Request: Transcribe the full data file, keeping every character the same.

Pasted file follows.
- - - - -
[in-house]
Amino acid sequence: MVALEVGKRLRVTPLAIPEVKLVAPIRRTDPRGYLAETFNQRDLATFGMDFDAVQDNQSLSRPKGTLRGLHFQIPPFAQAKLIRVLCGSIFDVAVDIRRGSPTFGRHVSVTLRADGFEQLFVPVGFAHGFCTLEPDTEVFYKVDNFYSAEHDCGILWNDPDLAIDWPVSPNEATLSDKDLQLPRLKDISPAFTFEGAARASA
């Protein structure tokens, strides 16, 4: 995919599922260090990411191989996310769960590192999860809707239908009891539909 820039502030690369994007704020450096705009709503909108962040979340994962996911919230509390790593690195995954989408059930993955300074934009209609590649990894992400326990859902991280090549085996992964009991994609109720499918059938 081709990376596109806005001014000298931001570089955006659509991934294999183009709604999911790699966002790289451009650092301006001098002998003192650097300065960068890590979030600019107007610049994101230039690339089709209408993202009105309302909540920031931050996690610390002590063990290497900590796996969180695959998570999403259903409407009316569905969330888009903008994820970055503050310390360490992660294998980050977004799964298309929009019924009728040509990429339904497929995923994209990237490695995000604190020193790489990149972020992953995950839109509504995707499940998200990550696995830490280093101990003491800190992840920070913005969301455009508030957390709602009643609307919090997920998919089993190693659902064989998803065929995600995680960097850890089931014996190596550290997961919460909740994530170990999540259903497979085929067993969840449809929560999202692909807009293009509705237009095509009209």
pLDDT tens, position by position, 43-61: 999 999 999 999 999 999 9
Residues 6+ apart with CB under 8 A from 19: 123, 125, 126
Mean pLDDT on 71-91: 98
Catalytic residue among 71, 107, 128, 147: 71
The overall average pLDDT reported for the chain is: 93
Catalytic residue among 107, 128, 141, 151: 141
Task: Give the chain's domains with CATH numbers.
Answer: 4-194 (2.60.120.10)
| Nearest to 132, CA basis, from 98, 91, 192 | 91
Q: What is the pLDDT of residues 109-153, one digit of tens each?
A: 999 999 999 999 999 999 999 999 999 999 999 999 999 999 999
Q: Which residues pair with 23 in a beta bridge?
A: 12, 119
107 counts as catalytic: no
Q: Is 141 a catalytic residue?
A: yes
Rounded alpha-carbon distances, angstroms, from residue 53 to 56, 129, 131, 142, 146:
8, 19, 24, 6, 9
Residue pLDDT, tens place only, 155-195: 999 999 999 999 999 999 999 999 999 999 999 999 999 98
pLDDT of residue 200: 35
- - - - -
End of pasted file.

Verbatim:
[in-house]
Amino acid sequence: MVALEVGKRLRVTPLAIPEVKLVAPIRRTDPRGYLAETFNQRDLATFGMDFDAVQDNQSLSRPKGTLRGLHFQIPPFAQAKLIRVLCGSIFDVAVDIRRGSPTFGRHVSVTLRADGFEQLFVPVGFAHGFCTLEPDTEVFYKVDNFYSAEHDCGILWNDPDLAIDWPVSPNEATLSDKDLQLPRLKDISPAFTFEGAARASA
């Protein structure tokens, strides 16, 4: 995919599922260090990411191989996310769960590192999860809707239908009891539909 820039502030690369994007704020450096705009709503909108962040979340994962996911919230509390790593690195995954989408059930993955300074934009209609590649990894992400326990859902991280090549085996992964009991994609109720499918059938 081709990376596109806005001014000298931001570089955006659509991934294999183009709604999911790699966002790289451009650092301006001098002998003192650097300065960068890590979030600019107007610049994101230039690339089709209408993202009105309302909540920031931050996690610390002590063990290497900590796996969180695959998570999403259903409407009316569905969330888009903008994820970055503050310390360490992660294998980050977004799964298309929009019924009728040509990429339904497929995923994209990237490695995000604190020193790489990149972020992953995950839109509504995707499940998200990550696995830490280093101990003491800190992840920070913005969301455009508030957390709602009643609307919090997920998919089993190693659902064989998803065929995600995680960097850890089931014996190596550290997961919460909740994530170990999540259903497979085929067993969840449809929560999202692909807009293009509705237009095509009209």
pLDDT tens, position by position, 43-61: 999 999 999 999 999 999 9
Residues 6+ apart with CB under 8 A from 19: 123, 125, 126
Mean pLDDT on 71-91: 98
Catalytic residue among 71, 107, 128, 147: 71
The overall average pLDDT reported for the chain is: 93
Catalytic residue among 107, 128, 141, 151: 141
Task: Give the chain's domains with CATH numbers.
Answer: 4-194 (2.60.120.10)
| Nearest to 132, CA basis, from 98, 91, 192 | 91
Q: What is the pLDDT of residues 109-153, one digit of tens each?
A: 999 999 999 999 999 999 999 999 999 999 999 999 999 999 999
Q: Which residues pair with 23 in a beta bridge?
A: 12, 119
107 counts as catalytic: no
Q: Is 141 a catalytic residue?
A: yes
Rounded alpha-carbon distances, angstroms, from residue 53 to 56, 129, 131, 142, 146:
8, 19, 24, 6, 9
Residue pLDDT, tens place only, 155-195: 999 999 999 999 999 999 999 999 999 999 999 999 999 98
pLDDT of residue 200: 35